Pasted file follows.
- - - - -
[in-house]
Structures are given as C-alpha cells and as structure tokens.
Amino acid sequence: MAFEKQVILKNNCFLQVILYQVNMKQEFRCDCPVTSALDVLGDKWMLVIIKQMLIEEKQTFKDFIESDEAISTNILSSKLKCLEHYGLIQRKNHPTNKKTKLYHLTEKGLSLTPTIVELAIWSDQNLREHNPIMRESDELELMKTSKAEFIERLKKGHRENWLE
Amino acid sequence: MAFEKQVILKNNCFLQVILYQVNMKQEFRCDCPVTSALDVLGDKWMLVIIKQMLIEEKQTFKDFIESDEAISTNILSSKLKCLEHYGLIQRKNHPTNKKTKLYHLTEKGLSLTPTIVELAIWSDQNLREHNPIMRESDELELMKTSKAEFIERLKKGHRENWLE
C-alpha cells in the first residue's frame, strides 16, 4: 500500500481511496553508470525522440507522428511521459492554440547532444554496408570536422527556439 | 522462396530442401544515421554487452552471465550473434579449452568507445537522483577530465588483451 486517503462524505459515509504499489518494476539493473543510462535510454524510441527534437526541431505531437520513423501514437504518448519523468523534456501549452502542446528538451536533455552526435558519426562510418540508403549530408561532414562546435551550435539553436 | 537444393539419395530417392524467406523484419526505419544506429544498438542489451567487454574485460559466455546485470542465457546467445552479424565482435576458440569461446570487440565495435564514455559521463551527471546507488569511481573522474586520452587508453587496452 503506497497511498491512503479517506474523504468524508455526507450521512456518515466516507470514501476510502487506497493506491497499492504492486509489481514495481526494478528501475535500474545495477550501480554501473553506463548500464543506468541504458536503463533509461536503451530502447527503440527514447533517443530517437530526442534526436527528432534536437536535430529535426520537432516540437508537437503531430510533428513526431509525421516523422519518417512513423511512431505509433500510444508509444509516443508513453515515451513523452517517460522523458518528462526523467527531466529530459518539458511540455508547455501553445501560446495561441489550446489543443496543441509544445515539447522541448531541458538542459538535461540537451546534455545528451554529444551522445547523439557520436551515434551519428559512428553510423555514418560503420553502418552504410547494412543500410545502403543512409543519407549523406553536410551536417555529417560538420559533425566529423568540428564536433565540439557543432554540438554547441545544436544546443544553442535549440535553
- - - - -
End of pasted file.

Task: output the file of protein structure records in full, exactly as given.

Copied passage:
[in-house]
Structures are given as C-alpha cells and as structure tokens.
Amino acid sequence: MAFEKQVILKNNCFLQVILYQVNMKQEFRCDCPVTSALDVLGDKWMLVIIKQMLIEEKQTFKDFIESDEAISTNILSSKLKCLEHYGLIQRKNHPTNKKTKLYHLTEKGLSLTPTIVELAIWSDQNLREHNPIMRESDELELMKTSKAEFIERLKKGHRENWLE
Amino acid sequence: MAFEKQVILKNNCFLQVILYQVNMKQEFRCDCPVTSALDVLGDKWMLVIIKQMLIEEKQTFKDFIESDEAISTNILSSKLKCLEHYGLIQRKNHPTNKKTKLYHLTEKGLSLTPTIVELAIWSDQNLREHNPIMRESDELELMKTSKAEFIERLKKGHRENWLE
C-alpha cells in the first residue's frame, strides 16, 4: 500500500481511496553508470525522440507522428511521459492554440547532444554496408570536422527556439 | 522462396530442401544515421554487452552471465550473434579449452568507445537522483577530465588483451 486517503462524505459515509504499489518494476539493473543510462535510454524510441527534437526541431505531437520513423501514437504518448519523468523534456501549452502542446528538451536533455552526435558519426562510418540508403549530408561532414562546435551550435539553436 | 537444393539419395530417392524467406523484419526505419544506429544498438542489451567487454574485460559466455546485470542465457546467445552479424565482435576458440569461446570487440565495435564514455559521463551527471546507488569511481573522474586520452587508453587496452 503506497497511498491512503479517506474523504468524508455526507450521512456518515466516507470514501476510502487506497493506491497499492504492486509489481514495481526494478528501475535500474545495477550501480554501473553506463548500464543506468541504458536503463533509461536503451530502447527503440527514447533517443530517437530526442534526436527528432534536437536535430529535426520537432516540437508537437503531430510533428513526431509525421516523422519518417512513423511512431505509433500510444508509444509516443508513453515515451513523452517517460522523458518528462526523467527531466529530459518539458511540455508547455501553445501560446495561441489550446489543443496543441509544445515539447522541448531541458538542459538535461540537451546534455545528451554529444551522445547523439557520436551515434551519428559512428553510423555514418560503420553502418552504410547494412543500410545502403543512409543519407549523406553536410551536417555529417560538420559533425566529423568540428564536433565540439557543432554540438554547441545544436544546443544553442535549440535553